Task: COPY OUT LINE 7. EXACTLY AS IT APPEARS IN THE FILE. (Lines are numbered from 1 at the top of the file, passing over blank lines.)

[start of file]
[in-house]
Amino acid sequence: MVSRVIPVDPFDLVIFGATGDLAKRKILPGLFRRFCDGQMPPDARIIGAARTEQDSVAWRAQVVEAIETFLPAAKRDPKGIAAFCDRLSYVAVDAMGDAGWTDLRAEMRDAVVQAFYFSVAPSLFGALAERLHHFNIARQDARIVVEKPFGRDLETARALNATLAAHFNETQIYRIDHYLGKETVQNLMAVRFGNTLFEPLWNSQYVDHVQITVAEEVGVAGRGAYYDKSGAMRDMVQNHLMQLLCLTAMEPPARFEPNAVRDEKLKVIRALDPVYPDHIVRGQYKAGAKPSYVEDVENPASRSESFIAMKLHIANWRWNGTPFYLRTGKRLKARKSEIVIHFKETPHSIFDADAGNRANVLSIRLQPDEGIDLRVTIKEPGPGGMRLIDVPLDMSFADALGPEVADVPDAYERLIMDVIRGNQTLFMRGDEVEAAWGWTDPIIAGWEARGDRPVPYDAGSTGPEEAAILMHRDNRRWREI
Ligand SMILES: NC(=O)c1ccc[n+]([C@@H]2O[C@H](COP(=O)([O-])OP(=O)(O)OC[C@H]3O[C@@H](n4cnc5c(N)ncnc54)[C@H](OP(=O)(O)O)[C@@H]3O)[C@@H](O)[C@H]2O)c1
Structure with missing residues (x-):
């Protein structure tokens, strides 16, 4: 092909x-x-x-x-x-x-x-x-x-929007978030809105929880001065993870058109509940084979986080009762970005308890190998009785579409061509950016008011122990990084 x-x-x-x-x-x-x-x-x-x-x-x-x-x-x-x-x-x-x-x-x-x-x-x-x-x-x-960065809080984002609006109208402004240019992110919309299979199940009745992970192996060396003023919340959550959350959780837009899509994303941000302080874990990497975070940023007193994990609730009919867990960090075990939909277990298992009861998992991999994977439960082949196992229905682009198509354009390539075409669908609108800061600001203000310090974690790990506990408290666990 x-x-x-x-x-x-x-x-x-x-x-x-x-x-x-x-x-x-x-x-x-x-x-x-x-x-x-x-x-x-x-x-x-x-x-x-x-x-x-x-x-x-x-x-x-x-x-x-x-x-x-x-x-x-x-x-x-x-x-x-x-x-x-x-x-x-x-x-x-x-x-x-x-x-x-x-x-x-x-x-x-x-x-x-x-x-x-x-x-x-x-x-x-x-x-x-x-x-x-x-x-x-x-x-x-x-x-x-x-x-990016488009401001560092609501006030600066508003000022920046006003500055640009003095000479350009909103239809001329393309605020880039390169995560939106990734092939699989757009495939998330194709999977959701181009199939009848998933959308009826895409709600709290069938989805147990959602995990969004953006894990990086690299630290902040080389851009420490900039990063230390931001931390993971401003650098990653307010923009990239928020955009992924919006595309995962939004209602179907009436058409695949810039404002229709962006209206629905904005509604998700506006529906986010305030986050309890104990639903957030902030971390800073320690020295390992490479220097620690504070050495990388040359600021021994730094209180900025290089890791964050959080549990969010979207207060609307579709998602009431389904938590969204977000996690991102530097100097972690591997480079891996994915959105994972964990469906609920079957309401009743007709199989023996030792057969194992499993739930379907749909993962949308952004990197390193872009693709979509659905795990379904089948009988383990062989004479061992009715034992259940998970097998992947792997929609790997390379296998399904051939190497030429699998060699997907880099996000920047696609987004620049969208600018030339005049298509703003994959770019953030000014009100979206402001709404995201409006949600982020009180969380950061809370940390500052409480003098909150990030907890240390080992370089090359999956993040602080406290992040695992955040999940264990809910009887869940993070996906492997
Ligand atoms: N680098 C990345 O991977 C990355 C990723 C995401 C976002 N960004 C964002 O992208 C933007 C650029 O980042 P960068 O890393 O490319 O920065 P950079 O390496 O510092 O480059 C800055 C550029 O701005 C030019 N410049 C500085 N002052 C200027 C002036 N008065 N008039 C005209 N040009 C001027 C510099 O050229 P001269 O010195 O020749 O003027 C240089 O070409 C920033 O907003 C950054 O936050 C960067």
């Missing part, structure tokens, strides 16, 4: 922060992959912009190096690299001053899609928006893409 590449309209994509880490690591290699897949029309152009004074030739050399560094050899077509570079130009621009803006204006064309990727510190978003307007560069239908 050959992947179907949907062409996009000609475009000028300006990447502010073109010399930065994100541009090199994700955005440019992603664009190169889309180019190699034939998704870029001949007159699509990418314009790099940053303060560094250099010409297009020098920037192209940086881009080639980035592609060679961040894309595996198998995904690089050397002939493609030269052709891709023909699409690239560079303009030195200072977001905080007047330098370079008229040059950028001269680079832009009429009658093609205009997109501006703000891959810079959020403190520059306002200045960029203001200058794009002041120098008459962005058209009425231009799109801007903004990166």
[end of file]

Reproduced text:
């Missing part, structure tokens, strides 16, 4: 922060992959912009190096690299001053899609928006893409 590449309209994509880490690591290699897949029309152009004074030739050399560094050899077509570079130009621009803006204006064309990727510190978003307007560069239908 050959992947179907949907062409996009000609475009000028300006990447502010073109010399930065994100541009090199994700955005440019992603664009190169889309180019190699034939998704870029001949007159699509990418314009790099940053303060560094250099010409297009020098920037192209940086881009080639980035592609060679961040894309595996198998995904690089050397002939493609030269052709891709023909699409690239560079303009030195200072977001905080007047330098370079008229040059950028001269680079832009009429009658093609205009997109501006703000891959810079959020403190520059306002200045960029203001200058794009002041120098008459962005058209009425231009799109801007903004990166």